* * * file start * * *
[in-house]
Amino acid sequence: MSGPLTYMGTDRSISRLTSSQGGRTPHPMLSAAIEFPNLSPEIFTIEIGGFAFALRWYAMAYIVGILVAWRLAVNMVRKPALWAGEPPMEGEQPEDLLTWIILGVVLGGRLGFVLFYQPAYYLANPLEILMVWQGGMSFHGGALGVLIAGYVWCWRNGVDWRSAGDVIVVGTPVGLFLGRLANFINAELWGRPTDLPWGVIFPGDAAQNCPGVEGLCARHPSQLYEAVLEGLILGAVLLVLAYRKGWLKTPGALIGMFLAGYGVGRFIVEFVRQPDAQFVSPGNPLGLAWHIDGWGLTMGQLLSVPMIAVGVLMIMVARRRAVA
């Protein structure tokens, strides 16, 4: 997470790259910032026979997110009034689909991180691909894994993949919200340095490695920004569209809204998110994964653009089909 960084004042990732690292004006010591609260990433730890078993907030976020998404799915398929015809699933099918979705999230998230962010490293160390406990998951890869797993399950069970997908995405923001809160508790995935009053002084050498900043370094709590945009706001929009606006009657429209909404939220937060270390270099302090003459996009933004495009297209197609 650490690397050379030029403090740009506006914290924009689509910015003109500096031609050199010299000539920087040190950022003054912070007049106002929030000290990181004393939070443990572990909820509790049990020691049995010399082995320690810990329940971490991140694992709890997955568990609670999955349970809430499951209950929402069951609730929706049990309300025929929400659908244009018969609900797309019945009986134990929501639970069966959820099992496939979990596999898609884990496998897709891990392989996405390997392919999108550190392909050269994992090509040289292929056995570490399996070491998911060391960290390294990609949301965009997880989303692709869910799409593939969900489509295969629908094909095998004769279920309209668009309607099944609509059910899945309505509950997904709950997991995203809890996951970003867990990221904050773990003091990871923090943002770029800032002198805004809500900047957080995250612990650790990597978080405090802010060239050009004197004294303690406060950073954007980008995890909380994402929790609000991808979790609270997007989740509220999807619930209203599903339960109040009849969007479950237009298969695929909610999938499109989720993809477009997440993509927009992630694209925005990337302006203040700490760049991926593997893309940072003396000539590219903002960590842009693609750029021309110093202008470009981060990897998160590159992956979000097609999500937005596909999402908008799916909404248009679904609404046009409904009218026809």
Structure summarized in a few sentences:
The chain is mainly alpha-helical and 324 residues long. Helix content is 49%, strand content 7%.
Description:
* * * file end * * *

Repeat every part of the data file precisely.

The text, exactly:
[in-house]
Amino acid sequence: MSGPLTYMGTDRSISRLTSSQGGRTPHPMLSAAIEFPNLSPEIFTIEIGGFAFALRWYAMAYIVGILVAWRLAVNMVRKPALWAGEPPMEGEQPEDLLTWIILGVVLGGRLGFVLFYQPAYYLANPLEILMVWQGGMSFHGGALGVLIAGYVWCWRNGVDWRSAGDVIVVGTPVGLFLGRLANFINAELWGRPTDLPWGVIFPGDAAQNCPGVEGLCARHPSQLYEAVLEGLILGAVLLVLAYRKGWLKTPGALIGMFLAGYGVGRFIVEFVRQPDAQFVSPGNPLGLAWHIDGWGLTMGQLLSVPMIAVGVLMIMVARRRAVA
């Protein structure tokens, strides 16, 4: 997470790259910032026979997110009034689909991180691909894994993949919200340095490695920004569209809204998110994964653009089909 960084004042990732690292004006010591609260990433730890078993907030976020998404799915398929015809699933099918979705999230998230962010490293160390406990998951890869797993399950069970997908995405923001809160508790995935009053002084050498900043370094709590945009706001929009606006009657429209909404939220937060270390270099302090003459996009933004495009297209197609 650490690397050379030029403090740009506006914290924009689509910015003109500096031609050199010299000539920087040190950022003054912070007049106002929030000290990181004393939070443990572990909820509790049990020691049995010399082995320690810990329940971490991140694992709890997955568990609670999955349970809430499951209950929402069951609730929706049990309300025929929400659908244009018969609900797309019945009986134990929501639970069966959820099992496939979990596999898609884990496998897709891990392989996405390997392919999108550190392909050269994992090509040289292929056995570490399996070491998911060391960290390294990609949301965009997880989303692709869910799409593939969900489509295969629908094909095998004769279920309209668009309607099944609509059910899945309505509950997904709950997991995203809890996951970003867990990221904050773990003091990871923090943002770029800032002198805004809500900047957080995250612990650790990597978080405090802010060239050009004197004294303690406060950073954007980008995890909380994402929790609000991808979790609270997007989740509220999807619930209203599903339960109040009849969007479950237009298969695929909610999938499109989720993809477009997440993509927009992630694209925005990337302006203040700490760049991926593997893309940072003396000539590219903002960590842009693609750029021309110093202008470009981060990897998160590159992956979000097609999500937005596909999402908008799916909404248009679904609404046009409904009218026809």
Structure summarized in a few sentences:
The chain is mainly alpha-helical and 324 residues long. Helix content is 49%, strand content 7%.
Description: